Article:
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Hardcover The French Mathematician Book

ISBN: 0802713459

ISBN13: 9780802713452

The French Mathematician

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Book Overview

The French Mathematician is a fictional memoir of Evariste Galois, the mathematical genius who made innovations in algebra before his untimely death in 1832. Galois narrates the book, describing how... This description may be from another edition of this product.

Customer Reviews

2 ratings

Beautifully Written Novel of a Grand and Tragic Life

I have been interested in the life of Evariste Galois for some years now so I was delighted to find this book. Galois was a brilliant French mathematician, who may or may not have suffered from some form of epilepsy or depression and who, sadly, was killed under mysterious circumstances at the young age of twenty.Galois' life is cloaked in mystery. We do know that he dreamed of solving the quintic, a complex mathematical equation that had eluded all the best minds of his time. He was the first person to formulate the concept of a finite group theory and then to apply this theory to solve one of the major mathematical problems of his era.Although Galois seemed to live for pure mathematics and pure mathematics alone, he mysteriously gave up his feverish study to devote most of his time to the revolution that took place in France in 1830. Why Galois, who seemingly had little interest in politics, would brandish a knife and threaten the king, in front of Alexandre Dumas, no less, forms the basis for much of this book.In this book, we learn of a most important letter Galois wrote on the night of May 29, 1832 to his friend, Auguste Chevalier. What we don't learn about, and what has been lost to history, are Galois' other manuscripts and, most interestingly, his brief love affair with Stéphanie du Motel. We also know that Galois fully expected to die when he did, but what we don't know is why he died or why, precisely, he expected his death to come about exactly as it did.You certainly don't have to be a mathematician to love this book. You really don't even need much of an interest in math. Galois is such a compelling character that he makes a wonderful character study no matter what he was interested in. This book, aimed at the general reader, does not dwell unnecessarily on mathematical concepts and even when it does, it does so in such a way that it only adds beauty to the narrative and depth to the character of Galois.Petsinis seems much more interested in capturing the psychological essence of Galois than in cataloging his mathematical and political conquests and, in my opinion, he succeeds wonderfully. This is a beautiful book and one that is a joy to read. Petsinis worked a seeming miracle in weaving the actual events in the life of Galois into his fictional narrative. We are left with nothing but the belief that Petsinis' Galois is the real Galois; that these were his thoughts and his feelings and his reasons for being.Galois struggled with his emotions for most of his twenty years and Petsinis lets us feel this struggle. For example, Galois, even though being mesmerized by the enchanting du Motel, had an intrinsic aversion to both sex and romance. He was a genius par excellence, yet he was a dreamer as well, and sometimes this dreaminess would cause him to slip from the factual world of the mathematics he loved into a horrific fantasy world of which he wanted no part.The life of Evariste Galois makes for a very difficult characte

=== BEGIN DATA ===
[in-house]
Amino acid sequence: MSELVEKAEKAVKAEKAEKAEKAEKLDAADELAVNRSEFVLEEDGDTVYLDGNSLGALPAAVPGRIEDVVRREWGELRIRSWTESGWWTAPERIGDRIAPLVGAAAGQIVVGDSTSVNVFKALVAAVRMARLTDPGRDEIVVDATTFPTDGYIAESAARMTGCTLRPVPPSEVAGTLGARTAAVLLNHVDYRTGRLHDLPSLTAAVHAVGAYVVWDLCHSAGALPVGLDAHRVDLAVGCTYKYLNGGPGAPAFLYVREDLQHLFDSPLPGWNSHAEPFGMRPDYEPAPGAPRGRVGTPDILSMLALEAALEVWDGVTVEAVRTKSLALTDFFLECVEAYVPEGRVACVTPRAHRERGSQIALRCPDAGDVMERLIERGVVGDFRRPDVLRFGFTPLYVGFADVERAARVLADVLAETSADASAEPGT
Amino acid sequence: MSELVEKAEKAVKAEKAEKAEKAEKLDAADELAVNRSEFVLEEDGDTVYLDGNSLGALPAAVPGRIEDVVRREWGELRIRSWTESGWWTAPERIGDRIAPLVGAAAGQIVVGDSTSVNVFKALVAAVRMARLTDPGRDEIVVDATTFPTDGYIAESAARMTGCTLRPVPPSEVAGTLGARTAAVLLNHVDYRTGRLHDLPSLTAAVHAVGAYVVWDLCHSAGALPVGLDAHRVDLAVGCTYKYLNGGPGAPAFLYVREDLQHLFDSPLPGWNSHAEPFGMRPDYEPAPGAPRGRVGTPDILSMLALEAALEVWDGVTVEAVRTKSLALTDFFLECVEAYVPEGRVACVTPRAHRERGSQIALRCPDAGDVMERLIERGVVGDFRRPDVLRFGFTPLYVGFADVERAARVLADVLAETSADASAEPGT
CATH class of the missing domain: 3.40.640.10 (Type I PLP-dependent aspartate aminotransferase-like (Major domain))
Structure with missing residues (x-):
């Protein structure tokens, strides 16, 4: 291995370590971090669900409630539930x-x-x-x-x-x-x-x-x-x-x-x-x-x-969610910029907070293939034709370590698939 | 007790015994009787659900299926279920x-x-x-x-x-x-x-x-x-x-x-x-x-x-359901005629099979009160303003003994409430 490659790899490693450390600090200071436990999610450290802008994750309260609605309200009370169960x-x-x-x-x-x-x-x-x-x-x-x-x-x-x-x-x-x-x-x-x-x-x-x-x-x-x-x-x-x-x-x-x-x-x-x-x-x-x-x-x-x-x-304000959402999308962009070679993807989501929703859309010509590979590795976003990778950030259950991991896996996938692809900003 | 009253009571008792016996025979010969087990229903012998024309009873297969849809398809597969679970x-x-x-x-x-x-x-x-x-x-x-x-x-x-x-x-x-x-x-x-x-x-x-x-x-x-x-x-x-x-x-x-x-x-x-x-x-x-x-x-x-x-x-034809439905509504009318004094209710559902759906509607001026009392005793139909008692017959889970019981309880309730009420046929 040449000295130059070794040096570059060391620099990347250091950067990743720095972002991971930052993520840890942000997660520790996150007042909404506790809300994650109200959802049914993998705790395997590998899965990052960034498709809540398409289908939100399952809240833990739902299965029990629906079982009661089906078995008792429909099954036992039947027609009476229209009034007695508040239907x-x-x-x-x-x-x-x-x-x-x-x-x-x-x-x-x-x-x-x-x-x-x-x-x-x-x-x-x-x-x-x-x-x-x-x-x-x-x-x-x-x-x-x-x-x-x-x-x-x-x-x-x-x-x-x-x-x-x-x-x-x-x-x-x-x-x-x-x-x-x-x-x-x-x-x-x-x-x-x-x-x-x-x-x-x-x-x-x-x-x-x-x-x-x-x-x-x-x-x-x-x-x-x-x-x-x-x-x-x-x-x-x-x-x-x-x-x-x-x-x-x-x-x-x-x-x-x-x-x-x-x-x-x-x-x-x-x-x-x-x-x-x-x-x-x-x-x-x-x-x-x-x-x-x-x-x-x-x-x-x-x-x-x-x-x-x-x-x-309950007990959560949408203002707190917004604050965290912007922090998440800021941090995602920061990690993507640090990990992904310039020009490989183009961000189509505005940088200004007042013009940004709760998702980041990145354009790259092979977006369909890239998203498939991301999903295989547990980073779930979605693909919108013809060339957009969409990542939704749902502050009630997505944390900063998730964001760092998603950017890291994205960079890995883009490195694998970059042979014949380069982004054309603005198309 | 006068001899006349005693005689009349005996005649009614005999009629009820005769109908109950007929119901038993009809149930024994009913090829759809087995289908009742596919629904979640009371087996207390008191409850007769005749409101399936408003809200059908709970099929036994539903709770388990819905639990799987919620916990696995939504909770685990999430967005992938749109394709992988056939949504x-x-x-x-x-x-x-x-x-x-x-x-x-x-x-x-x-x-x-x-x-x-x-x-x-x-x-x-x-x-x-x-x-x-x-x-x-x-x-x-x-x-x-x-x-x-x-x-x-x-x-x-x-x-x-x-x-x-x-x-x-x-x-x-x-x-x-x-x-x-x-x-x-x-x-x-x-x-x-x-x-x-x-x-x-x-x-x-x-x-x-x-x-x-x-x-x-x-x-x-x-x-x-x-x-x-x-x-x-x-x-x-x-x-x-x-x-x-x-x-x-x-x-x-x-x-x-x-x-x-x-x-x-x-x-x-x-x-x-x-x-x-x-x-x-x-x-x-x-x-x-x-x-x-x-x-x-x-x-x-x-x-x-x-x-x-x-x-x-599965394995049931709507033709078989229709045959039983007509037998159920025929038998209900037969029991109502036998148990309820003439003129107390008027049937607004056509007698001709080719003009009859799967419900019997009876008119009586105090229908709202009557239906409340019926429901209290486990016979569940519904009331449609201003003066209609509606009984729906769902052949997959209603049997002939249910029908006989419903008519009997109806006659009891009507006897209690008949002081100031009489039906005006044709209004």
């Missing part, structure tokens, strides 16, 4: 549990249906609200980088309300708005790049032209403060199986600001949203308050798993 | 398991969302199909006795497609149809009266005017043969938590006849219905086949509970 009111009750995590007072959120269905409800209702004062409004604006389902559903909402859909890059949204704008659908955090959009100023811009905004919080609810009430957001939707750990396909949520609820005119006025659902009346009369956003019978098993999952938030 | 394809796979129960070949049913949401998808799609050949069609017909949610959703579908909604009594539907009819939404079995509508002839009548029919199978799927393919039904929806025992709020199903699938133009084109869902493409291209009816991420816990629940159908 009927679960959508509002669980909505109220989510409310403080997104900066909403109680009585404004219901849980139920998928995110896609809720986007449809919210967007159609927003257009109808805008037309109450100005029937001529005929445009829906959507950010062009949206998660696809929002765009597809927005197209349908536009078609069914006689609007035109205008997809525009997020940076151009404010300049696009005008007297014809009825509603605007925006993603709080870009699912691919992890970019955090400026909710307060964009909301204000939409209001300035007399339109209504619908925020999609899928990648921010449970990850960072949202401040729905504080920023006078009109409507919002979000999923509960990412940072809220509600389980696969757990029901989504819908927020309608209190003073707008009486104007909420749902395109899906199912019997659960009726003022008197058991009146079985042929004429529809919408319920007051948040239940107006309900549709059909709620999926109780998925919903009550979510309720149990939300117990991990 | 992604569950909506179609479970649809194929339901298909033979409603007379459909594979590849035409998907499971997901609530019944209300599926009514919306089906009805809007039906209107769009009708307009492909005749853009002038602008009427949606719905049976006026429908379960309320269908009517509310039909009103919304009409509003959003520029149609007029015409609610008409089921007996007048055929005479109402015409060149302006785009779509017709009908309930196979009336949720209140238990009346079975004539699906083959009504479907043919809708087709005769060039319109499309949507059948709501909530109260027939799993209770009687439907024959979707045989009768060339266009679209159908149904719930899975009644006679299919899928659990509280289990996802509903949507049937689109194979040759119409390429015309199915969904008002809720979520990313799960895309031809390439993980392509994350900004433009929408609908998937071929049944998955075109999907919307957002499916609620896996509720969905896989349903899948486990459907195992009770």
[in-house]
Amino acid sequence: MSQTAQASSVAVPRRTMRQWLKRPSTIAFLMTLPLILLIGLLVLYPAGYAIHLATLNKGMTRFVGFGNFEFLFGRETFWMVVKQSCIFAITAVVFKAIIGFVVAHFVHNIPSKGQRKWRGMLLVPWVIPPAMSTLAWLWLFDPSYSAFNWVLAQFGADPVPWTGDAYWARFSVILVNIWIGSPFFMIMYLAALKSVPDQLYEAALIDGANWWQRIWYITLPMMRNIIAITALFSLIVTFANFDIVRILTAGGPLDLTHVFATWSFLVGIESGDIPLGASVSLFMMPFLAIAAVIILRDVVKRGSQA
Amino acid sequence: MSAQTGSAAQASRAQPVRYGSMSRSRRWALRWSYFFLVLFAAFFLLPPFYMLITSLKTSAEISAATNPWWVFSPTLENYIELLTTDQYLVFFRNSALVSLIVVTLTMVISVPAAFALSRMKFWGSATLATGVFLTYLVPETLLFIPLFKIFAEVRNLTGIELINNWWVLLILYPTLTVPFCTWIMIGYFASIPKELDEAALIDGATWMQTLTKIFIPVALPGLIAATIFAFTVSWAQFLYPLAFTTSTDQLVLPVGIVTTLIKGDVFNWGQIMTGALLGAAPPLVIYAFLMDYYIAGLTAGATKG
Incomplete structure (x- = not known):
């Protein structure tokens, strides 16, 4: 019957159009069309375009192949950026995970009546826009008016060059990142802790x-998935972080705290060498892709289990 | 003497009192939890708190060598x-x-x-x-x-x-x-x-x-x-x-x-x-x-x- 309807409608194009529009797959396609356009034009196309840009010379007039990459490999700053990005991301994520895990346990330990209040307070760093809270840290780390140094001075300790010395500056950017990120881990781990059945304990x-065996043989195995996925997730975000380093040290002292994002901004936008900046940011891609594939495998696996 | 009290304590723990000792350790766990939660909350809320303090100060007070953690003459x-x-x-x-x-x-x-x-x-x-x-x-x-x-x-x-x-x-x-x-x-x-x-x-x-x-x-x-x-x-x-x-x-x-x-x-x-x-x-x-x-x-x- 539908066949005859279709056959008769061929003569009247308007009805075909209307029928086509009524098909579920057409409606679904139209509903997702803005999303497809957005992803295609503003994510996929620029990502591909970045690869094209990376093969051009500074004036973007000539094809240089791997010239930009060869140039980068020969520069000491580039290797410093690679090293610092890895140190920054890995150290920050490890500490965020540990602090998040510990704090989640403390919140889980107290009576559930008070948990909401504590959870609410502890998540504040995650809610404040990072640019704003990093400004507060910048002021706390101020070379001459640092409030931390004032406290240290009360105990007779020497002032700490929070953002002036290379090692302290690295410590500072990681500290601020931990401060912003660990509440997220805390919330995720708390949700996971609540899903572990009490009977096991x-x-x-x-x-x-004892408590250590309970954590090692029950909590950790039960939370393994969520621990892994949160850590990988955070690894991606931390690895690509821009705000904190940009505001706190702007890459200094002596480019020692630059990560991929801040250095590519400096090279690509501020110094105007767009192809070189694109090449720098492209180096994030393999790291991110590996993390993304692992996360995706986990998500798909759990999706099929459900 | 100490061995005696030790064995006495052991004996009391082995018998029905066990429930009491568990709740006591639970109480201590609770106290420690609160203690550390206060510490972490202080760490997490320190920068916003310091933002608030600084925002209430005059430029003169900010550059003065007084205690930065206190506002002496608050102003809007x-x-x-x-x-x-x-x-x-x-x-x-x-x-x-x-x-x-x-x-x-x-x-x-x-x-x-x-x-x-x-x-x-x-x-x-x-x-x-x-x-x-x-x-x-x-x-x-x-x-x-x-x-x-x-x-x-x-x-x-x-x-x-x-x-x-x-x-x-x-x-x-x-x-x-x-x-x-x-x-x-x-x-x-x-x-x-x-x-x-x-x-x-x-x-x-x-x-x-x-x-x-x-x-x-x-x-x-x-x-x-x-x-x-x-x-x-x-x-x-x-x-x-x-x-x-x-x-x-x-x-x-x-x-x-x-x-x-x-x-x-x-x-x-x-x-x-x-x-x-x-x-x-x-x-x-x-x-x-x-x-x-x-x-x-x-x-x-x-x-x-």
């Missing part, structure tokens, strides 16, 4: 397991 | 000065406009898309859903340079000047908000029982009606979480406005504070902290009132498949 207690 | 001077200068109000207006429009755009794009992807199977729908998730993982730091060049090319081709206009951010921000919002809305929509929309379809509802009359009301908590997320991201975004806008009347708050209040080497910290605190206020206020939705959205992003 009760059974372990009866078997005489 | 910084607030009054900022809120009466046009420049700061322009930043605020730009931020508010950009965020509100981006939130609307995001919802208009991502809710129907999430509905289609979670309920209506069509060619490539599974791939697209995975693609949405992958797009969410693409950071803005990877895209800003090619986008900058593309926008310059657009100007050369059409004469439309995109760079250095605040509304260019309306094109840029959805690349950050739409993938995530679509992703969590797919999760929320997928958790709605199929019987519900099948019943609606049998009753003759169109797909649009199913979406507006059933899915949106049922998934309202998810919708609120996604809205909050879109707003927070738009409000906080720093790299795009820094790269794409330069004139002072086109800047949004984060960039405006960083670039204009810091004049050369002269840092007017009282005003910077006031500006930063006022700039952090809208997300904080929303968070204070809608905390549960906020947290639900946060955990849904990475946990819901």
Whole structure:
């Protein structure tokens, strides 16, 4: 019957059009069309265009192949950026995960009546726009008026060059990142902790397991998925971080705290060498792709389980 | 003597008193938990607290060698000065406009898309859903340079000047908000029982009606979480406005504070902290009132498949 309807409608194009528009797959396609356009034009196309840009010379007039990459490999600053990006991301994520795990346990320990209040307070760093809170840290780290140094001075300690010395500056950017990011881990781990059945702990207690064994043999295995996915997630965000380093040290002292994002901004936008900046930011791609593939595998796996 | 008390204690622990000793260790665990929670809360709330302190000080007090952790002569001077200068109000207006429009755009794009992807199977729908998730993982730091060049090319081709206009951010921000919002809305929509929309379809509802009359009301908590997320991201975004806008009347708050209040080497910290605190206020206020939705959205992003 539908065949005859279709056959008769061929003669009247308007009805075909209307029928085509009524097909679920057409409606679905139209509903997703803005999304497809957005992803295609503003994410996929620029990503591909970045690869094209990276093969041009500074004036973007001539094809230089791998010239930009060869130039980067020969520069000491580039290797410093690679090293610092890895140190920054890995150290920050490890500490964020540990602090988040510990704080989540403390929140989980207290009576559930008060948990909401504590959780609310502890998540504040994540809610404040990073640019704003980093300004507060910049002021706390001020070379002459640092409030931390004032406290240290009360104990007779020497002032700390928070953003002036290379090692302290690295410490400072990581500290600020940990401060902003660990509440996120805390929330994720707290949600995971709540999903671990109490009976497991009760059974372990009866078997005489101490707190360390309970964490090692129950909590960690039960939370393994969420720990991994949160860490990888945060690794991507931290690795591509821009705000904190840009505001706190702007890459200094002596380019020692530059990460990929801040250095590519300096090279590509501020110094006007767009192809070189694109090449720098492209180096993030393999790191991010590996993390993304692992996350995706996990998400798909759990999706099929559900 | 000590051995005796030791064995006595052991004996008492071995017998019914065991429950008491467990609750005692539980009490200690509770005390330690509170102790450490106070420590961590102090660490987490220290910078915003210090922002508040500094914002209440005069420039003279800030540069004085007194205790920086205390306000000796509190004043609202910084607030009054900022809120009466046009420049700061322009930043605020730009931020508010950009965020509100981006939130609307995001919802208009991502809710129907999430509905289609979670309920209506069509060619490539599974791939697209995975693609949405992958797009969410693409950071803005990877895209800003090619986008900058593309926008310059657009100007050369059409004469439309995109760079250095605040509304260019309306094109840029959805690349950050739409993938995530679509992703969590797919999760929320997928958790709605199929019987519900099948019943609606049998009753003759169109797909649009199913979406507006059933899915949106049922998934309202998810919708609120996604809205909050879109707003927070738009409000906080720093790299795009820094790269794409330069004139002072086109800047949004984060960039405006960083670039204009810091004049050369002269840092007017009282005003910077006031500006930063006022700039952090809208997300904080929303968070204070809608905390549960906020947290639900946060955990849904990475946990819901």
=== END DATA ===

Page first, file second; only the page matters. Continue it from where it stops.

A wonderfully written novel, you don't have to like math!

I would highly recommend "The French Mathematician" to fans of math, french history and even those who could care less about math. This book follows Galois' discovery of his talents in mathematics and the conflicts in France that make him decide if he will follow his genius and study math, or join the revoultion for democracy in France. This book is well written and is full of wonderful imagery that puts you right in revolutionary France. I would guess that most people could understand the passion for democracy that the characters in the book have, but this book also helps you understand Galois' passion for mathematics.
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